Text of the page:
Originally published in Forbes on April 12, 2023.
If you’ve been following tech trends for decades like me, you probably remember the 1996 launch of Ask Jeeves: a search engine that promised quick answers to simmering questions. Not ringing a bell? Well, I’m quite certain you remember the early 2000s’ explosion of Google: “a company that started as a novel search engine” and now manages a range of popular products. Then, of course, came Siri, Apple’s trailblazing smart voice assistant, and Alexa, Amazon’s “artificially intelligent virtual assistant.” What followed was a dizzying collection of other products and services that pledged to help us do things better, smarter and faster.
However, coupled with the excitement and the ascension of each of these inventions came the fear of what their widespread usage would mean for education, particularly for leaders of academic institutions and the companies that serve them. The questions abounded: Will kids forget how to do simple math problems if a search engine can do it for them? Will students remember that a complete sentence needs a subject and a verb? Will they rely too much on a computer instead of their own ingenuity? These questions, and many others, seemingly resolved in time and on their own.
But here in 2023, it seems the education industry has identified a new nemesis in the form of ChatGPT: an artificial intelligence tool that, as NPR explains, can “solve math problems, churn out college essays and write research papers.” Since its November launch, and 100 million monthly active users later, countless schools and educators across the country have expressed their concerns that the growing popularity of large language models (LLMs) could increase the likelihood of cheating, plagiarism and other unethical behavior.
While these concerns are certainly not unfounded, I think it’s important for each us—particularly those in the education and edtech spaces—to consider the ways that we can leverage tech tools to actually enhance students’ academic goals instead of impede them.
We’ve seen this work before. Once outlawed in the classroom, calculators are now commonplace, perhaps because we’ve learned that math is about more than just teaching students about calculation; rather, it’s about problem-solving and “showing” your work. YouTube—which offers everything from science and math lessons to informational school-specific webinars—has become a resource and communication tool for schools, students, education companies and families in every corner of the nation. And companies have created applications to bring real-life work-based experiences into the classroom with virtual work and college tours, virtual chats with working professionals, and much more.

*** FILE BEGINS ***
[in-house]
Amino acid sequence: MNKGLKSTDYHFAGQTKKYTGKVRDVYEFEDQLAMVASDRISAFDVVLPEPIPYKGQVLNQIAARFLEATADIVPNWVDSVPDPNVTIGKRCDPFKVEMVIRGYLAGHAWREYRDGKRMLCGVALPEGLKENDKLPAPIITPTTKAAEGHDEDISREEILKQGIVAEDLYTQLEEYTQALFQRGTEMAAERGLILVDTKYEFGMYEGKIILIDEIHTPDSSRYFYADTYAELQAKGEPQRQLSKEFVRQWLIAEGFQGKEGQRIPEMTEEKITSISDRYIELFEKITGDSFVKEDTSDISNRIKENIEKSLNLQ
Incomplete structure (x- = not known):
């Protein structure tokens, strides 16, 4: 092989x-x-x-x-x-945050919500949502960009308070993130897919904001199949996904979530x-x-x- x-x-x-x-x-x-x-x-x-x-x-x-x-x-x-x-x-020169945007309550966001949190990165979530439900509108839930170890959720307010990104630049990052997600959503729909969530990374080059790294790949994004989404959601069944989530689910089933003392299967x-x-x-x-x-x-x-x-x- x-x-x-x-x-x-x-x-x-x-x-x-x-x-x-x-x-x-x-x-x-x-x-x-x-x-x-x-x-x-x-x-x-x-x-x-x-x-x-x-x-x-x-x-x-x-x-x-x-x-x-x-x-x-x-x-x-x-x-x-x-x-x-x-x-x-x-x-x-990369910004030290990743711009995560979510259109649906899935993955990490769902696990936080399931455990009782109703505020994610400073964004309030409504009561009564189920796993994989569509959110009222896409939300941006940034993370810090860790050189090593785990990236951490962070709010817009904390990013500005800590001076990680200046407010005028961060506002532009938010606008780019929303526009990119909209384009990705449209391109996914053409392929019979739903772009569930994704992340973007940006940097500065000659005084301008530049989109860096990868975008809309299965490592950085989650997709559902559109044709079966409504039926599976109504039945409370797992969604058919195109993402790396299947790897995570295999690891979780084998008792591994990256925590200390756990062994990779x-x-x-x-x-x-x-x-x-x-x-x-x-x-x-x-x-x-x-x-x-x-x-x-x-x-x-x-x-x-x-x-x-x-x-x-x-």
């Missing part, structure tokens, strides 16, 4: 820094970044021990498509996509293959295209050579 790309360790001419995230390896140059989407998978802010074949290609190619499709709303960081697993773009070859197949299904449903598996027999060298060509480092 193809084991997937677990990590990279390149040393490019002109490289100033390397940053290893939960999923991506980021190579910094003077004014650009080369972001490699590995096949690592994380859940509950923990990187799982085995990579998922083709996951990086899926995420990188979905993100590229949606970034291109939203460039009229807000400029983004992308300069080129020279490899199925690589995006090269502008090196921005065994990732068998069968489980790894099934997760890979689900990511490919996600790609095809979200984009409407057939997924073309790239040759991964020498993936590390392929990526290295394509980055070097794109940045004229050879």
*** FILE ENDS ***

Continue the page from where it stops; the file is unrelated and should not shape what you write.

So when it comes to thinking about AI, it’s vital that we as industry leaders remember that technology, and the application of it in the classroom, certainly isn’t anything new. Like calculators, like YouTube and like Google, tech-infused advancements simply aren’t ever going away. And I’m not sure we’d want them to.
While it’s still too early to predict what AI’s impact will be on education, I think it’s also too early to thwart its potential impact. Instead, we should find ways to adapt to it and other new technologies. If we don’t, we run the risk that our institutions and companies will be left behind.
In fact, no matter what kind of innovative technology joins the world in the future, edtech leaders should remain committed to supporting students’ individual critical thinking and problem-solving skills, which currently cannot be replicated by technology. We should continue to advance schools’ curricula, services and programs in ways that support this goal. And we should remain steadfast in our commitment to ensuring the learners of today hone the skills they need to succeed in the world tomorrow.
Along the way, each of us—particularly those of us in the edtech space—should continue to adhere to three principles:
1. Uphold an unwavering commitment to technological advancement and embrace it wholeheartedly.
2. Uphold the tenets of student authenticity, originality, creativity, transparency and academic integrity by discouraging the use of AI for school-related work or assignments.
3. Find new avenues to adapt to AI applications in ways that support our respective institutions’ and companies’ values and missions.
AI doesn’t have to be a setback for education; it can be a gift. We just need to figure out how to wrap it.
James Rhyu is the Chief Executive Officer of Stride, Inc.